If this side goes great guns, where the picture stumbles slightly is in its failure to make the villains worthy or interesting. Gary Busey successfully reinvents himself as a bad guy in the form of blonde merc Mr Joshua, showing his steel by failing to flinch when a lighter is scorching his flesh, but he and Mitchell Ryan’s McAllister lack the wit and flair of later Black bad guys. There’s potential early on, with the intrigue of Nam connections announced by a kid witnessing Busey’s special forces tattoo, along with the mentions of Air America (later a Gibbo movie, and then the basis for a Tom Cruise one) and CIA heroin smuggling, but once Rianne has been kidnapped, there isn’t much room left for detective work.

As for the action, Donner handles the task with a mixture of aplomb and '80s excess. The rain-drenched finale, a fight between Riggs and Mr Joshua, has always struck me as a bit of a fizzle, and those moments that go overboard – Riggs rolling and shooting during the lot scene – land just that wrong side of absurd. It has to be said that Michael Kamen doesn’t help matters, ladling on the sax at any given opportunity (his and Eric Clapton’s score is often great, though, and he’d become a fixture of Silver productions for good reason). The balance isn’t as effective here as in say Predator, where the entire movie was intentionally pitched on an absurd, homoerotic level, such that scenes like Riggs and Murtaugh showing off their heroic cred during sadistic/titillating torture tip into the laughable. The dialogue too tends to the overripe at times (“Are you really crazy, or are you as good as they say you are?”)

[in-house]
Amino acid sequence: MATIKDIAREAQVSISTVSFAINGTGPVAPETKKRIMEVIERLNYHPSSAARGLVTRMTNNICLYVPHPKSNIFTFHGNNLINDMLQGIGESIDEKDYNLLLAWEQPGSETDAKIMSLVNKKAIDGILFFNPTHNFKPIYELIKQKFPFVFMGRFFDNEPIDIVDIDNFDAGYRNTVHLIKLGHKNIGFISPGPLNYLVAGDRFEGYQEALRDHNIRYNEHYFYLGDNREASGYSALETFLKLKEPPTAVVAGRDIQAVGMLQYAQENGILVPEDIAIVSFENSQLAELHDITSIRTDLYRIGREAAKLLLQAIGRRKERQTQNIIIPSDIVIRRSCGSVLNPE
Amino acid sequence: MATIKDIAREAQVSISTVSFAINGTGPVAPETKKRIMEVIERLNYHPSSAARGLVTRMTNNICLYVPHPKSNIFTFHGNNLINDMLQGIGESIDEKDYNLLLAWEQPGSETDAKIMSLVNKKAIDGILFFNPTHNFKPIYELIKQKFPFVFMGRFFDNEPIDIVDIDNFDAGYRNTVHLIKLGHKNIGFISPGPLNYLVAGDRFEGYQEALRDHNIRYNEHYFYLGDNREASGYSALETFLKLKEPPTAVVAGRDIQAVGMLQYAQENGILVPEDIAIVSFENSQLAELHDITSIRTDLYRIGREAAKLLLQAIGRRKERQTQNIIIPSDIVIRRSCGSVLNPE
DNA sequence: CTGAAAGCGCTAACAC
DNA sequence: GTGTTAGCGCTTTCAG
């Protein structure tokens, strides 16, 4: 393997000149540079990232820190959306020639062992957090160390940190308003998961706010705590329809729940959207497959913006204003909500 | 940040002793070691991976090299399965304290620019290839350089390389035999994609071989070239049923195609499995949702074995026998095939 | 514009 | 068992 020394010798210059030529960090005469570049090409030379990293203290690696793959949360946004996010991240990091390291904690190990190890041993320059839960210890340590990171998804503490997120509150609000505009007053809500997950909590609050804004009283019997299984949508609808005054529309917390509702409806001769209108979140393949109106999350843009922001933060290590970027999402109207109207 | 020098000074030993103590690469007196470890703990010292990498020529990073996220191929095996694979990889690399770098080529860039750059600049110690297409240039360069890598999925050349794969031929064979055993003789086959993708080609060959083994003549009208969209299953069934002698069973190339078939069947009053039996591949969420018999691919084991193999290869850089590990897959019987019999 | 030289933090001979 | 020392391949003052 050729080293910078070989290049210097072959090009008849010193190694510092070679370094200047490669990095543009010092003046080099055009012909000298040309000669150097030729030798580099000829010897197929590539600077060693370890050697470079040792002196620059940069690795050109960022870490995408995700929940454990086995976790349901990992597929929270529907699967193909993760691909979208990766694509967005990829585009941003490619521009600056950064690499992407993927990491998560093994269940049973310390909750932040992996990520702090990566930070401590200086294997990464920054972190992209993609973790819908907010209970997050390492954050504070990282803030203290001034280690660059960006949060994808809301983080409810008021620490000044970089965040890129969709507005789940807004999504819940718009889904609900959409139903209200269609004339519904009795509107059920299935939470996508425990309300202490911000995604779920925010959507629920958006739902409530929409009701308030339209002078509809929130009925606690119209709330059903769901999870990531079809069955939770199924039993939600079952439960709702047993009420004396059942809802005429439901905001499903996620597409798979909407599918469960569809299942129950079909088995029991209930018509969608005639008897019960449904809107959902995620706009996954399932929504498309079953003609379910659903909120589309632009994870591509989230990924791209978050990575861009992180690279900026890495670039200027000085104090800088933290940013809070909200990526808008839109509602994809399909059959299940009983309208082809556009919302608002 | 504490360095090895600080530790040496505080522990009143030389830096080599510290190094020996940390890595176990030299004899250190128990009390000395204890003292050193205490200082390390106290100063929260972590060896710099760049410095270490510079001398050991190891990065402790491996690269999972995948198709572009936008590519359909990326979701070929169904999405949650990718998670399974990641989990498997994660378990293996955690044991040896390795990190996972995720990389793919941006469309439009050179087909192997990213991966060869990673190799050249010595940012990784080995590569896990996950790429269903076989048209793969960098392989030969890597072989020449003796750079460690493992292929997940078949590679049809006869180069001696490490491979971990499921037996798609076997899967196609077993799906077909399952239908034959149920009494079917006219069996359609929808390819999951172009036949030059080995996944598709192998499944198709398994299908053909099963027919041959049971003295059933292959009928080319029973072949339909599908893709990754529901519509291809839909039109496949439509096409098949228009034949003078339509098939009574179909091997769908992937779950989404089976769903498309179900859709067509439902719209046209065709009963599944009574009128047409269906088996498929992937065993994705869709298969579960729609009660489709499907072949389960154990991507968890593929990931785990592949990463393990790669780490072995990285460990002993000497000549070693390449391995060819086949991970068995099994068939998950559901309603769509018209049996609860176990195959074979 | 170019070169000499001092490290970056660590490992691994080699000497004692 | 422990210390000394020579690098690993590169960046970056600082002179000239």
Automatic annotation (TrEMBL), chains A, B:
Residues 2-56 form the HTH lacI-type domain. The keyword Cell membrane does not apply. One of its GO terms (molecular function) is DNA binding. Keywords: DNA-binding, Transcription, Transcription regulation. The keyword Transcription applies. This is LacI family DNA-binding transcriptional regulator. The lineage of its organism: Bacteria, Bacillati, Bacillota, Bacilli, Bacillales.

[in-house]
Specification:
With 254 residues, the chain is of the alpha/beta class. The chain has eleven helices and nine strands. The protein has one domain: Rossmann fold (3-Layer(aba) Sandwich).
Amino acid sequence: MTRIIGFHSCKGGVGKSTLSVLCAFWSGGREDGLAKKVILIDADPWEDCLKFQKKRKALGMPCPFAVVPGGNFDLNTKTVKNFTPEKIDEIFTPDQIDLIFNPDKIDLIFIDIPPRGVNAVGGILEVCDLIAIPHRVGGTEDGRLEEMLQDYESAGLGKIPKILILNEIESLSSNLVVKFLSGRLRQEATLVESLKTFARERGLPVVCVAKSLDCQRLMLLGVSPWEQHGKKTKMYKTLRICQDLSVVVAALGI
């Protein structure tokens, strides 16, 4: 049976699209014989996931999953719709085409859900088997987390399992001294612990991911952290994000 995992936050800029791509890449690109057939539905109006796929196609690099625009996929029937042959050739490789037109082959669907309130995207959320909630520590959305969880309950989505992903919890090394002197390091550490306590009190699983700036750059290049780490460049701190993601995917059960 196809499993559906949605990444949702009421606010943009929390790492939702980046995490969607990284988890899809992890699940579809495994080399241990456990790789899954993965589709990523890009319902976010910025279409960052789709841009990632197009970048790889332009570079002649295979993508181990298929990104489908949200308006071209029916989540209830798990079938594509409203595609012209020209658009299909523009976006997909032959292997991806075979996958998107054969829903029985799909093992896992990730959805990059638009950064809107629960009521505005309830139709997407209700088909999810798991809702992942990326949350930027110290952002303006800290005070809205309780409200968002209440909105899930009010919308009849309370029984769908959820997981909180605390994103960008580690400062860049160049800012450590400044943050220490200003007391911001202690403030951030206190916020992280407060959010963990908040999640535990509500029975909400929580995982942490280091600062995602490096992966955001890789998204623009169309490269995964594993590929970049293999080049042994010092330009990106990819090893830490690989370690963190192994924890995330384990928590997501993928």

On the other hand, the preceding lakebed sequence, as Riggs hides out with a sniper’s rifle during the exchange of Murtaugh and his daughter, is a set piece highlight Donner can be justifiably proud of. And Riggs’ reintegration into society (he’s cured – at least until Patsy Kensit gets got) is a heart-warming end note, amid discussions of the quality of Murtaugh’s wife’s cooking.

And while Die Hard gets all the credit – rightly so for its own blend of festive thuggery and bloodletting in aid of restoring the nuclear family – Lethal Weapon is really the movie responsible for morphing the action movie from muscle-bound hulks to respectable actors (Willis, Gibson). You might argue that happened at the start of the decade with Indiana Jones, or even that Eddie Murphy found his way in there first, kind of, but the adult action flicks of Silver and Simpson/Bruckheimer were a thing apart, and it was principally Gibson (and Glover) who first offered them an air of respectability. Even if Mel’s mullet is obviously a no-no under any artistic criteria.